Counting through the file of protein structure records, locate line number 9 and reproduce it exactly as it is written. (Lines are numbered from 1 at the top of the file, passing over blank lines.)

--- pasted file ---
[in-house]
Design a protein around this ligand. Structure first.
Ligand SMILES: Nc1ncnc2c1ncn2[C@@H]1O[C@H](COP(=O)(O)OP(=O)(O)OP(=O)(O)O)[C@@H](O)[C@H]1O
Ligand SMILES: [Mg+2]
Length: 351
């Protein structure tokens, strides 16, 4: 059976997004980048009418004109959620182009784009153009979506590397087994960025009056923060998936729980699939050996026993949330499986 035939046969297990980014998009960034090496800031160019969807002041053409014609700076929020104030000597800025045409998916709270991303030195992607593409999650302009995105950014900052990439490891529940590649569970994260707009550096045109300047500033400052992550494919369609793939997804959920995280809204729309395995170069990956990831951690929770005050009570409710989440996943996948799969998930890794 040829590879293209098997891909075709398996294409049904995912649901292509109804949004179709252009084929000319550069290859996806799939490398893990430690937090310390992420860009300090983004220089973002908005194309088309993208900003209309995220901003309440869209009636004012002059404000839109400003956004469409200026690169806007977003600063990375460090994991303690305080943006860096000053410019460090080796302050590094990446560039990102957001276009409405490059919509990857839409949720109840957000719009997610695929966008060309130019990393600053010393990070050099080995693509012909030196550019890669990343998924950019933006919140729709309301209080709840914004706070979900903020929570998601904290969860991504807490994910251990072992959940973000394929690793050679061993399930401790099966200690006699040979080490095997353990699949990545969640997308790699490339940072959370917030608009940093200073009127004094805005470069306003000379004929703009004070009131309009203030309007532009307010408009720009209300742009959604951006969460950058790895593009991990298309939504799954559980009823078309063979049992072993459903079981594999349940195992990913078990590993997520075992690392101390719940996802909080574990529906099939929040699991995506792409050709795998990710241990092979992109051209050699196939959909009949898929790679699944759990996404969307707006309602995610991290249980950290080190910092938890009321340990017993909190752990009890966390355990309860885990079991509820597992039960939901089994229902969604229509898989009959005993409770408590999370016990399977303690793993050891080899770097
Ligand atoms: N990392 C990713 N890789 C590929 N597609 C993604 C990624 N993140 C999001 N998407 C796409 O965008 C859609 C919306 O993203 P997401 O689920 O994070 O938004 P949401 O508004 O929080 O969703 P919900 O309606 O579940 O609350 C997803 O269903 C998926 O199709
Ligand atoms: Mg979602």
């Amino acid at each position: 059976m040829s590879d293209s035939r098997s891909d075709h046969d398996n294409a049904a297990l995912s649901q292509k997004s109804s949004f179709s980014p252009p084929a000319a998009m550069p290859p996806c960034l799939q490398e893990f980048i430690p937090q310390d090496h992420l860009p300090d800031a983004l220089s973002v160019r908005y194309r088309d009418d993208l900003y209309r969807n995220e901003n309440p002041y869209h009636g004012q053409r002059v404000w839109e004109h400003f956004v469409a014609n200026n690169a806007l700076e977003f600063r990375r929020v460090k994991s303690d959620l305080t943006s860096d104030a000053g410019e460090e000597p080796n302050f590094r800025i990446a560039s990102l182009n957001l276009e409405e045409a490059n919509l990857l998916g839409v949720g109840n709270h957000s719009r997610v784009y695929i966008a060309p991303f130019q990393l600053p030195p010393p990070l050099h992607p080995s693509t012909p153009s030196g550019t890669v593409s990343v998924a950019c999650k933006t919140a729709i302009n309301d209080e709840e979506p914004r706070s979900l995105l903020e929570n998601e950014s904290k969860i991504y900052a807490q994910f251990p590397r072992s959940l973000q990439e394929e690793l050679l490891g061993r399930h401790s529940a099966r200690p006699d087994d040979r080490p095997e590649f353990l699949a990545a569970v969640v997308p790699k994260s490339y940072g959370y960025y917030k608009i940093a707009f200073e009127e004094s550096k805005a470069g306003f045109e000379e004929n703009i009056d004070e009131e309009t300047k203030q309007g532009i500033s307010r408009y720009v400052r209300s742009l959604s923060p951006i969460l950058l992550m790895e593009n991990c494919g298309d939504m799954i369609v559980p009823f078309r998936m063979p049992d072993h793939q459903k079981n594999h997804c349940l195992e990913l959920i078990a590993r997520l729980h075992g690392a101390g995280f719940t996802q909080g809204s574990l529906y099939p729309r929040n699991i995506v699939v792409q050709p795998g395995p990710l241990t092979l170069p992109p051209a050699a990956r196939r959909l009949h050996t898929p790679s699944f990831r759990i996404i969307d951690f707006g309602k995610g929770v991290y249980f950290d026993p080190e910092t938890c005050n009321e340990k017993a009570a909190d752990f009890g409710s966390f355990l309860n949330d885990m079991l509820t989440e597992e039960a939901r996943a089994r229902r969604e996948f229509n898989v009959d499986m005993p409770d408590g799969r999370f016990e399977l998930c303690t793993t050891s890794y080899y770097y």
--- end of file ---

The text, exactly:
């Amino acid at each position: 059976m040829s590879d293209s035939r098997s891909d075709h046969d398996n294409a049904a297990l995912s649901q292509k997004s109804s949004f179709s980014p252009p084929a000319a998009m550069p290859p996806c960034l799939q490398e893990f980048i430690p937090q310390d090496h992420l860009p300090d800031a983004l220089s973002v160019r908005y194309r088309d009418d993208l900003y209309r969807n995220e901003n309440p002041y869209h009636g004012q053409r002059v404000w839109e004109h400003f956004v469409a014609n200026n690169a806007l700076e977003f600063r990375r929020v460090k994991s303690d959620l305080t943006s860096d104030a000053g410019e460090e000597p080796n302050f590094r800025i990446a560039s990102l182009n957001l276009e409405e045409a490059n919509l990857l998916g839409v949720g109840n709270h957000s719009r997610v784009y695929i966008a060309p991303f130019q990393l600053p030195p010393p990070l050099h992607p080995s693509t012909p153009s030196g550019t890669v593409s990343v998924a950019c999650k933006t919140a729709i302009n309301d209080e709840e979506p914004r706070s979900l995105l903020e929570n998601e950014s904290k969860i991504y900052a807490q994910f251990p590397r072992s959940l973000q990439e394929e690793l050679l490891g061993r399930h401790s529940a099966r200690p006699d087994d040979r080490p095997e590649f353990l699949a990545a569970v969640v997308p790699k994260s490339y940072g959370y960025y917030k608009i940093a707009f200073e009127e004094s550096k805005a470069g306003f045109e000379e004929n703009i009056d004070e009131e309009t300047k203030q309007g532009i500033s307010r408009y720009v400052r209300s742009l959604s923060p951006i969460l950058l992550m790895e593009n991990c494919g298309d939504m799954i369609v559980p009823f078309r998936m063979p049992d072993h793939q459903k079981n594999h997804c349940l195992e990913l959920i078990a590993r997520l729980h075992g690392a101390g995280f719940t996802q909080g809204s574990l529906y099939p729309r929040n699991i995506v699939v792409q050709p795998g395995p990710l241990t092979l170069p992109p051209a050699a990956r196939r959909l009949h050996t898929p790679s699944f990831r759990i996404i969307d951690f707006g309602k995610g929770v991290y249980f950290d026993p080190e910092t938890c005050n009321e340990k017993a009570a909190d752990f009890g409710s966390f355990l309860n949330d885990m079991l509820t989440e597992e039960a939901r996943a089994r229902r969604e996948f229509n898989v009959d499986m005993p409770d408590g799969r999370f016990e399977l998930c303690t793993t050891s890794y080899y770097y």